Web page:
How do Varicose Veins form?
Venous Reflux is the result of vein walls and valves that keep blood moving upwards to your heart, becoming diseased or damaged allowing blood to flow back to your feet or to pool in your legs.
People with venous reflux experience complications from the blood leaking back into the veins, causing the veins to swell and to become varicose. Symptoms may include swelling, skin changes with venous ulcers possibly forming as the disease progresses.
Rope-like, twisted often ¼ inch or larger in diameter, varicose veins can be blue or purple in color. They can bulge outward from the skin’s surface, having enlarged due to excess pressure and too much blood within the superficial saphenous venous system.
Venous reflux is generally hereditary, thus lifestyle is a determining factor in the extent to which varicose veins may develop. We recommend seeking treatment for venous insufficiency as soon as possible to restore vascular health and to reduce the risk of further complications developing.
Risk Factors for Varicose Veins
Approximately 30 million Americans suffer from chronic venous insufficiency. Vein elasticity decreases over time, causing the valves to stretch and become weakened, thus as we age we become increasingly susceptible.
Obesity will also put strain on an already weakened area, contributing to symptomatic varicose veins. Patients may also become increasingly susceptible to developing varicose veins, as do those whose professions require extended periods of standing.
Pregnancy is linked to the development of varicose veins, because of the circulatory and hormonal changes the female body undergoes in response to the growing fetus.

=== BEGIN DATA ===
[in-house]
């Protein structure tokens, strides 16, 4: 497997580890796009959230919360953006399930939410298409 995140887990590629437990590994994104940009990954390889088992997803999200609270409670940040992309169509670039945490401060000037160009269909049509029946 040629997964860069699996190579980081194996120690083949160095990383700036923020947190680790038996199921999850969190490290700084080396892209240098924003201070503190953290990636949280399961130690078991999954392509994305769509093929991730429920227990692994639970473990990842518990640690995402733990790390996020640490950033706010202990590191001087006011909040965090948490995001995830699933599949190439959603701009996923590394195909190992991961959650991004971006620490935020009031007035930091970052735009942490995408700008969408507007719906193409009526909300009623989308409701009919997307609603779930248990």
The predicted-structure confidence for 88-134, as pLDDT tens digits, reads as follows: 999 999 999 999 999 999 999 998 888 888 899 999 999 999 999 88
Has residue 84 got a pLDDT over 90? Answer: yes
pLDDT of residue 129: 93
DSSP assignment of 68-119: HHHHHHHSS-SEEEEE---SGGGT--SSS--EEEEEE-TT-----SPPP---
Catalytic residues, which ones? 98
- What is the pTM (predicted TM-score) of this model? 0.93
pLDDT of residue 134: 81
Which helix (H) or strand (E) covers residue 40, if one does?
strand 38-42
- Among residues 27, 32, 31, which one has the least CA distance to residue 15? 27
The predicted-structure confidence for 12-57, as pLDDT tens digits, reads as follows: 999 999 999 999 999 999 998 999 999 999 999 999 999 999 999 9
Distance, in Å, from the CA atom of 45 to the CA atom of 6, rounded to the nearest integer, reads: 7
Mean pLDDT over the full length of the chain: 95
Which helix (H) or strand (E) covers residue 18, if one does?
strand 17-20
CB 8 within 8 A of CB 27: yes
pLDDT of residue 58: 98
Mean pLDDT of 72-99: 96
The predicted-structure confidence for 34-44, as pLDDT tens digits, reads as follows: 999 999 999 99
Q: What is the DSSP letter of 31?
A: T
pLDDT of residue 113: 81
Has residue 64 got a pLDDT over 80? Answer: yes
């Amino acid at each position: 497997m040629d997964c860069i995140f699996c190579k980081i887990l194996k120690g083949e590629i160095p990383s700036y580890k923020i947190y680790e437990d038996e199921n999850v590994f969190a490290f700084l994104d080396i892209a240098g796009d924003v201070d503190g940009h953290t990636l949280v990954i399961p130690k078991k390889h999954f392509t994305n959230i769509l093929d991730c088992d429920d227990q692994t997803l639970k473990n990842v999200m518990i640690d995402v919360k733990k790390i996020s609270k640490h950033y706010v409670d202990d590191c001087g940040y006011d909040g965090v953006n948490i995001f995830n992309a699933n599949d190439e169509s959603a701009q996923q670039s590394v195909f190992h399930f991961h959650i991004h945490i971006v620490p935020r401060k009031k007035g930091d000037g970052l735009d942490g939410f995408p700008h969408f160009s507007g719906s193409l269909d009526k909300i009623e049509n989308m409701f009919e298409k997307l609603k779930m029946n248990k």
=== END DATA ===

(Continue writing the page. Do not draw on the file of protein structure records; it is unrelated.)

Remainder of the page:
Symptoms of CVI
Patients may not experience any initial physical symptoms.
Others may experience some or all of the following:
- Achy, heavy-feeling legs
- Leg fatigue
- Burning & Itching
- Restless legs
Ultrasound mapping provides a clear picture of the patient’s venous anatomy and blood flow, and highlights refluxing vein segments.
Both the deep venous system and superficial venous system will be scanned to ensure there is no evidence of Deep Vein Thrombosis (DVT) and provide a thorough scan of all superficial veins that could be susceptible to venous insufficiency.
Neither varicose veins nor CVI will not resolve on their own, and can lead to more serious vein diseases. Prompt and effective medical treatment for varicose veins is essential! Early diagnosis and treatment of vein disease can stop the disease and ease the painful and aesthetically undesirable symptoms of CVI.
Rose City Vein Center provides diagnostic services and will make a determination as to whether ultrasound is necessary based upon an initial consultation. Please contact us for more information.